Our resident Christmas fairy pulled this little masterpiece together. A length of our glitter wrap as a runner; pearl glassware, cloches, milkbottles and milkglass cakestands for tableware; tags and parcels crafted from our fab new stationery range; a sprinkling of paper confetti and striped paper straws for colour. Possibly the prettiest table ever laid.
From top left: London Postcodes Print £35 | The Spitalfields Candle Co. Large Classic Candle £25 | London on Two Wheels Map £4 | The Gentle Author's London Album £25 | City Cycling: Europe £25 | A Pub For All Reasons Map £4 | London Villages £9.99 | Royal Tea Mug £9.95 | London Style Guide £16.99 | An Uncle's Guide to London Map £4 | Around the World 70g Chocolate Bar | Food Lovers' London £12.99 | An East London Companion Map £4 | The Map of Spitalfields Life £4 | Eat London 2 £20
This works really well if you have a glut of fruit in the garden...
2 kg grapes
4 cooking apples (sliced but don't peel or core)
800g sugar (depending on quantity of juice)
1. Remove grapes from stalks and put in preserving pan with apples and water
2. Bring to the boil and simmer for 30 mins
3. Strain juice through jelly bag overnight (or for at least 4 hours). And don't be tempted to squeeze the bag as this will make your jelly cloudy.
4. Measure the juice into preserving pan and bring to the boil
5. Add sugar (for every 1250 ml of juice, add 800g of sugar)
6. Return to boil and continue to boil until setting point is reached (if you put a teaspoon of jelly on a cold plate the surface should wrinkle when pushed).
7. Pot into Wek jars and seal.
We started out down on a snowy farm in America with rustic trucks and log cabins, then we discovered the Pennsylvania National Christmas Centre and fell in love with their Woolworths five and dime store circa 1955. Throw in plenty of red and white candy stripe and some original red fairground lighting and ho ho ho, Christmas at The Hambledon 2013 is here.
The whole of the back of the store has been decked out with stocking fillers, decs, wrap and accessories. Beautiful snowdome baubles and wreaths, festive kilner jars and cupcake kits, glittery paper garlands, party hats and crackers, potato guns and bumper packs of love hearts. Let the fun begin.
Ah, the gallery wall. Having a moment right now, and when done right, all the ability to transform an uninspired room. The key words here being...when done right. Proceed with caution and have a read of these pointers for getting it just so.
1. Rather than sticking to one form, round up photos, art, even momentoes for a more individual and intriguing ensemble - comic strips, children’s scribbles, concert tickets - it should all mean something to you.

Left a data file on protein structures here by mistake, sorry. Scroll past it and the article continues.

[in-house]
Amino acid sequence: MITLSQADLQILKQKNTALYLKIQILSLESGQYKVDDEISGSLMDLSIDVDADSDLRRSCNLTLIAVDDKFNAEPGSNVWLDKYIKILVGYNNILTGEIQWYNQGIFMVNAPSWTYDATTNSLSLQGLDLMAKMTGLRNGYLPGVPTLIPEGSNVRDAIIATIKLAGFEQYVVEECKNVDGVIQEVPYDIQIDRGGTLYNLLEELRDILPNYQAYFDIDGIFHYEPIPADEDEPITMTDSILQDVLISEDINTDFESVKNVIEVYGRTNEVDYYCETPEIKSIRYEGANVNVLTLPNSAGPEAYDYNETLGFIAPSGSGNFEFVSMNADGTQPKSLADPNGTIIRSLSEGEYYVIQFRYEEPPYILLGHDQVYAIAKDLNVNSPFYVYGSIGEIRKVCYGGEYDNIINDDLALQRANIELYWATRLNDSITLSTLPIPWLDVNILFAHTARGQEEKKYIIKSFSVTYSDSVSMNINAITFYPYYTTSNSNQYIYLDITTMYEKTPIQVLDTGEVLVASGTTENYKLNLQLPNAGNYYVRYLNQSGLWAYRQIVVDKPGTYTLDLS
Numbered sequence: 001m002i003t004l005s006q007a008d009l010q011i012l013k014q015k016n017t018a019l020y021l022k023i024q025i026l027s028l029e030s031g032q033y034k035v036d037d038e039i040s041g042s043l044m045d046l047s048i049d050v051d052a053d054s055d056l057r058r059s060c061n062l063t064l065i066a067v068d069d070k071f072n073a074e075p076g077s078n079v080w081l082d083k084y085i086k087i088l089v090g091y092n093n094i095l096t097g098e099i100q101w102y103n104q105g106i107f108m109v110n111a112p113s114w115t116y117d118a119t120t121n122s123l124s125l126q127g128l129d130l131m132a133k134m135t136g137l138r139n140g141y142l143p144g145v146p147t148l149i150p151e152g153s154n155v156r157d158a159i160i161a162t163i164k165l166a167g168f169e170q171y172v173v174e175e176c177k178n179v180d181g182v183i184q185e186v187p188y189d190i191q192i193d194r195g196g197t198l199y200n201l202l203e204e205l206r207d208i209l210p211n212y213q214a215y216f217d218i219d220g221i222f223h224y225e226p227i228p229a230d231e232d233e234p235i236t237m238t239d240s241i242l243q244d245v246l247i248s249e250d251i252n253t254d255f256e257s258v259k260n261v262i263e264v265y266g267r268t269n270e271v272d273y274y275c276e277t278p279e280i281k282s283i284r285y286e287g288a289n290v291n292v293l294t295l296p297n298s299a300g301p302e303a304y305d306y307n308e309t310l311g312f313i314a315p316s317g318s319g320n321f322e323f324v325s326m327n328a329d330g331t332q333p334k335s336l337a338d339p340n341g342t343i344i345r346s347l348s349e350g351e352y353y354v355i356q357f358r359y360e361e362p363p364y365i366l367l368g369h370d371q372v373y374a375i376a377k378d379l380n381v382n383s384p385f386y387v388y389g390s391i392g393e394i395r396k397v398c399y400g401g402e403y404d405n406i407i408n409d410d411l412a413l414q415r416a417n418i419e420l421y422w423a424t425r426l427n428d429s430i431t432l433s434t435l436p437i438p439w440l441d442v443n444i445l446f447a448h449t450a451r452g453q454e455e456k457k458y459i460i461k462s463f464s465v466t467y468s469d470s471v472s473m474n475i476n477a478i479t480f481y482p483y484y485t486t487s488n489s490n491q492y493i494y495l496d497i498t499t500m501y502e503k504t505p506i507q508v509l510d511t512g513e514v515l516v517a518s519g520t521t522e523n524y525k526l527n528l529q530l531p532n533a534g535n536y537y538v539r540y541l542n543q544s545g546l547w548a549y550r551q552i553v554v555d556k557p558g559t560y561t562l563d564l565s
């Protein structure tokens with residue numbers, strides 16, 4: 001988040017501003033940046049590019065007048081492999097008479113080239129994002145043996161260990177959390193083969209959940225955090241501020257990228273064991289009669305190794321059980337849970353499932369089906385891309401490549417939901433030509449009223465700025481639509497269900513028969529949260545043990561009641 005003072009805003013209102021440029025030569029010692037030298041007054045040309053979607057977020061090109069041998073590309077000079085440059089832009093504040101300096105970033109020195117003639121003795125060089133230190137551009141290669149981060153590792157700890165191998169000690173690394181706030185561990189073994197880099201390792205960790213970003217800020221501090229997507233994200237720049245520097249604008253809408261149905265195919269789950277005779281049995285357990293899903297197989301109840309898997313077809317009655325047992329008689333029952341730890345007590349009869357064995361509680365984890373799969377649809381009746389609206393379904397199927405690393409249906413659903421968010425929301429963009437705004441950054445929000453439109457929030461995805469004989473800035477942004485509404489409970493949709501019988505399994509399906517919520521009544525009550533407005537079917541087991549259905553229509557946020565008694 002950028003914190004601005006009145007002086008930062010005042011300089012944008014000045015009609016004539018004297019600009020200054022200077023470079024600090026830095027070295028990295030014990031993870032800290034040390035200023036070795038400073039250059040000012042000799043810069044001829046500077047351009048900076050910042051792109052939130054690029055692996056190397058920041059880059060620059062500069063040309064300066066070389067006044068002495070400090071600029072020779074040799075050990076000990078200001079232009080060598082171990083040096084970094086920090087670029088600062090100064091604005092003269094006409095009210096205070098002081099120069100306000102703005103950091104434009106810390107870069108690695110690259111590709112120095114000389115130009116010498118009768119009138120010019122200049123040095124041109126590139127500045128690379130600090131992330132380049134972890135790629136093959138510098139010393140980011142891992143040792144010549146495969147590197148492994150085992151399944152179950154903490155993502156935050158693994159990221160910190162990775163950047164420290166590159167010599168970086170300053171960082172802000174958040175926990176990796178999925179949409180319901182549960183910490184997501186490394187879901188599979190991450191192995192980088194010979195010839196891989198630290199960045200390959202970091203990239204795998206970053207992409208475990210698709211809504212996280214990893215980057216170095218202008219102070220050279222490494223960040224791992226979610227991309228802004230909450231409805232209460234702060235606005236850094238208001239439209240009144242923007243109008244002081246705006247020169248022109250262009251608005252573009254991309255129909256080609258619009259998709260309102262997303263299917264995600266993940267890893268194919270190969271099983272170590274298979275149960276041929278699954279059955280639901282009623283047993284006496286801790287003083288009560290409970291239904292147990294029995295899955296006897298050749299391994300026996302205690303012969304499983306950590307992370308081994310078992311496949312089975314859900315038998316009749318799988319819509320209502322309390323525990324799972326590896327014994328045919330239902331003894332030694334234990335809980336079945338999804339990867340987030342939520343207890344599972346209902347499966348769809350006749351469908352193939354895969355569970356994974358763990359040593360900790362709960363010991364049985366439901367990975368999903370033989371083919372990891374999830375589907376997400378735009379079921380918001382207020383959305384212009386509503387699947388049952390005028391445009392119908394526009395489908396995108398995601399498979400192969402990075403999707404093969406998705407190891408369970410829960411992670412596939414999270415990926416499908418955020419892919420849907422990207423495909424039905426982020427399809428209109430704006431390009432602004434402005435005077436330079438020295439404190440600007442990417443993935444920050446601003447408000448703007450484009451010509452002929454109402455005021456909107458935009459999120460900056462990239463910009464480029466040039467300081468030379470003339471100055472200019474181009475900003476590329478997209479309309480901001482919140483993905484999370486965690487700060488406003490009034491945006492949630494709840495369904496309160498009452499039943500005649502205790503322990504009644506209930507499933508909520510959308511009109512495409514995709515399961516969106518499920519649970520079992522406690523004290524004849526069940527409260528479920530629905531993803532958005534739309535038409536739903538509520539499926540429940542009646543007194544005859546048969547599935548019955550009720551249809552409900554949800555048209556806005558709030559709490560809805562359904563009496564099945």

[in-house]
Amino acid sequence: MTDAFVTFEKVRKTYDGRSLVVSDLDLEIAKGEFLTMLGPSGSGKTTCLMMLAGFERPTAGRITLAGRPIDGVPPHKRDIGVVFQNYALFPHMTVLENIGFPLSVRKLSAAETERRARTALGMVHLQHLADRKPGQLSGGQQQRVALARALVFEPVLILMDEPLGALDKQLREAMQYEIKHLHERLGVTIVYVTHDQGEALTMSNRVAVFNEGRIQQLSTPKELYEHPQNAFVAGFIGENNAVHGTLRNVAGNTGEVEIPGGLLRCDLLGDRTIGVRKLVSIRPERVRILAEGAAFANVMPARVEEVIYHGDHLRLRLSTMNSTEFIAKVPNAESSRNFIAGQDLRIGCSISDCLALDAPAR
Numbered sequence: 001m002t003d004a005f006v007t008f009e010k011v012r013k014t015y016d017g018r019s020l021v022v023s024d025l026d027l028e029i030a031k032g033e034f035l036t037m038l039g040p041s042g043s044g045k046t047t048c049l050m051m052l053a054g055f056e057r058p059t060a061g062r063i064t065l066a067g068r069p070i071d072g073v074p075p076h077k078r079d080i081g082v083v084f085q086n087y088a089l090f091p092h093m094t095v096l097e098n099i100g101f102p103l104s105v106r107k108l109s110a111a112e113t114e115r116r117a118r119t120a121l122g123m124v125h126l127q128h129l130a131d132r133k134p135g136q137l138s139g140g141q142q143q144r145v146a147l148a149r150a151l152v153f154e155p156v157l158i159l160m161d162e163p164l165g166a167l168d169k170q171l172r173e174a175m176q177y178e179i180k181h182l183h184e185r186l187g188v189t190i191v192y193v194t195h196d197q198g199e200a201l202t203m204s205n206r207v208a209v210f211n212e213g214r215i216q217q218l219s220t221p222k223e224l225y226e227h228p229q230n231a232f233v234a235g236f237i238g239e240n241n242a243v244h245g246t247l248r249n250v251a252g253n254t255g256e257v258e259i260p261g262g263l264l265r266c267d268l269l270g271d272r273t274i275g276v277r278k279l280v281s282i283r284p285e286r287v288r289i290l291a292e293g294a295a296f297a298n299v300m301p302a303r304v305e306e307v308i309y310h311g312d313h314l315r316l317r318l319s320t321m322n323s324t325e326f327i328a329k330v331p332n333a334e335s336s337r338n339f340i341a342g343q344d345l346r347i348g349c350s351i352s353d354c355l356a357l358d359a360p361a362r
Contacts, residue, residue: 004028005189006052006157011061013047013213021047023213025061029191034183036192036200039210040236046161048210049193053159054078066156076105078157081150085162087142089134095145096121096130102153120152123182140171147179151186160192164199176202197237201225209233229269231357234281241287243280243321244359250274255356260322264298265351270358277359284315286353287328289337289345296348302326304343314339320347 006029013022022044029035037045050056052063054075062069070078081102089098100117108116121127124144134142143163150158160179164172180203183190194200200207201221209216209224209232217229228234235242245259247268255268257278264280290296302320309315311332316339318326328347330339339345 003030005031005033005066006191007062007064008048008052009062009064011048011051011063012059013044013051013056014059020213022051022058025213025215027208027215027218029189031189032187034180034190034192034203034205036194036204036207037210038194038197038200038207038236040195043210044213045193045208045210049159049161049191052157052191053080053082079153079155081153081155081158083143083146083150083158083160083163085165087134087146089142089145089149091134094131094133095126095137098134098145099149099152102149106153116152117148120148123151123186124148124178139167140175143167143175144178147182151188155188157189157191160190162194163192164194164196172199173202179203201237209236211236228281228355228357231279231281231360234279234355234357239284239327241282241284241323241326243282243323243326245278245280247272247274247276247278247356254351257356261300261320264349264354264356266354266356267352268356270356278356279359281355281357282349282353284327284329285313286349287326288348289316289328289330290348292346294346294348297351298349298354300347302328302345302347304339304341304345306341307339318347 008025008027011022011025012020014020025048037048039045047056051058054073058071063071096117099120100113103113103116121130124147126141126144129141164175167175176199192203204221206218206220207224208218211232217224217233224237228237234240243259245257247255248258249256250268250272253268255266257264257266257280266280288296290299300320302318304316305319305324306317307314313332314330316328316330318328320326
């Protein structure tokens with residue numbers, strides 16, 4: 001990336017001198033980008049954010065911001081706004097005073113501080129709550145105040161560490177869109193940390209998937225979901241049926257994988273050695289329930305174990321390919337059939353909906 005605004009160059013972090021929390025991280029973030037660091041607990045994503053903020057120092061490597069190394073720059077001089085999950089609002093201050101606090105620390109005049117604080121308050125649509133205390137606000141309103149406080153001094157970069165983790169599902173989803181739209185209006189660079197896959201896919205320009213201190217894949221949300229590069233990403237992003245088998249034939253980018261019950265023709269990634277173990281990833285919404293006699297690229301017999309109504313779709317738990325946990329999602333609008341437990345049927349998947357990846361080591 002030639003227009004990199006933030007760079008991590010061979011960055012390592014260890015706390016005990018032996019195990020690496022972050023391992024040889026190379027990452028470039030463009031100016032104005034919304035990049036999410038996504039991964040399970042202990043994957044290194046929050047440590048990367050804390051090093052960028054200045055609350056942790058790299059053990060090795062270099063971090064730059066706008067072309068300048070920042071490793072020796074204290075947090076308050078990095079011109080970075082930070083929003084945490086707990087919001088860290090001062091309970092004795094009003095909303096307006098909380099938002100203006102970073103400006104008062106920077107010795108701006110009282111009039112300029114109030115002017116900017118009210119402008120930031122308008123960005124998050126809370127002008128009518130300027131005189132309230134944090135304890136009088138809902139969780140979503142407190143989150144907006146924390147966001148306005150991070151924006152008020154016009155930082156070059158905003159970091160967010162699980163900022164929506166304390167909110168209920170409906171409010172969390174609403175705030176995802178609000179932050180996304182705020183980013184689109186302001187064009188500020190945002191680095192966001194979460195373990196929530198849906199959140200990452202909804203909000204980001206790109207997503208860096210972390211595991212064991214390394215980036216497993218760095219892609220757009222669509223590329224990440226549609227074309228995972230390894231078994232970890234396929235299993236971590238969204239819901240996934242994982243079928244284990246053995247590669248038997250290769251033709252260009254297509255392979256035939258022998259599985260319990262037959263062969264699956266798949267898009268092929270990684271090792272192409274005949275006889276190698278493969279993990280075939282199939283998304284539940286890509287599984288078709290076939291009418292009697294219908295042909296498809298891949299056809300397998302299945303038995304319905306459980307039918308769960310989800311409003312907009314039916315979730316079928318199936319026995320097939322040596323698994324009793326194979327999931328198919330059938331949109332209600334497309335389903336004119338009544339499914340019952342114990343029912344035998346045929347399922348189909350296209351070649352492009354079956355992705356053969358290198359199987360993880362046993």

2. Using the same frame for each piece can be dramatic, but usually only works if you're displaying just photographs. If you're mixing art and photos then choose frames that complement the individual pieces.
3. If all of your pieces are identical in size a grid pattern layout is extremely dramatic. If your collection has a variety of different objects, frame sizes and frame styles then an asymmetrical arrangement is your best option. The trick to laying out an asymmetrical arrangement is to have a common axis which the pieces are lined up on.
4. The arrangement should read as one unit so keep the frames close to one another. Somewhere between the width of the frame and 5” will ensure the composition is pulled together.
5. Before hammering into your wall, mock up your gallery on the wall using craft paper and washii tape.
6. When you're happy with the layout, start in the center of the composition and hang that piece first. The center should hang at around 5’ off the ground at eye level. Then, piece by piece hang the other pieces moving from the center outwards.
7. Stand back and admire your handywork.
We remain rather partial to a pom so were super impressed and inspired by this rather spectacular creation courtesy of one of our favourite blogs. Get the how to here at the lovely Oh Happy Day!
Possibly the prettiest, daintiest china we ever did see just arrived courtesy of Bodo Sperlein, a London agency designing on behalf of leading Japanese porcelein manufacturer Nikko. The collection goes by the name of Macaroon. Most apt when you consider the blush colours, soft edges and the fact they look way too good to put to funtional use. Yup these little pots and plates, cups and jugs are to be treasured and admired, spared for high days and holidays, accompanied by a box of Ladurée we think.
We have gone paper decoration mad here. It's a paper explosion in the project space. Check out bunting, fans, garlands, honeycomb balls and ice cream cornets. Hell yes, every party should have an ice cream cornet. It's time to celebrate.
A trip to Copenhagen for a womenswear and menswear show turned into so very much more. We couldn't leave these beautiful cushions behind. They're a little bit naval signals flags (squares, triangles, squircles) but the colours are anything but nautical. Think this Summer's neon pops in home accessories. Choose from cotton duck or luxurious knits. All the best dressed sofas should be wearing these.
Are these just about as American as apple pie? Although milk glass actually originated in Venice in the 16th century, we're going for a Depression era US/50s housewife/uber Martha Stewart version. These are super simple cakestands in jade, milk and brand new rose pink, with matching mixing bowls, made in a family owned factory. Surely guaranteed to release your inner Mary, or Paul. (PS Thanks to Victoria's daughter who is responsible for the baked goods shown!).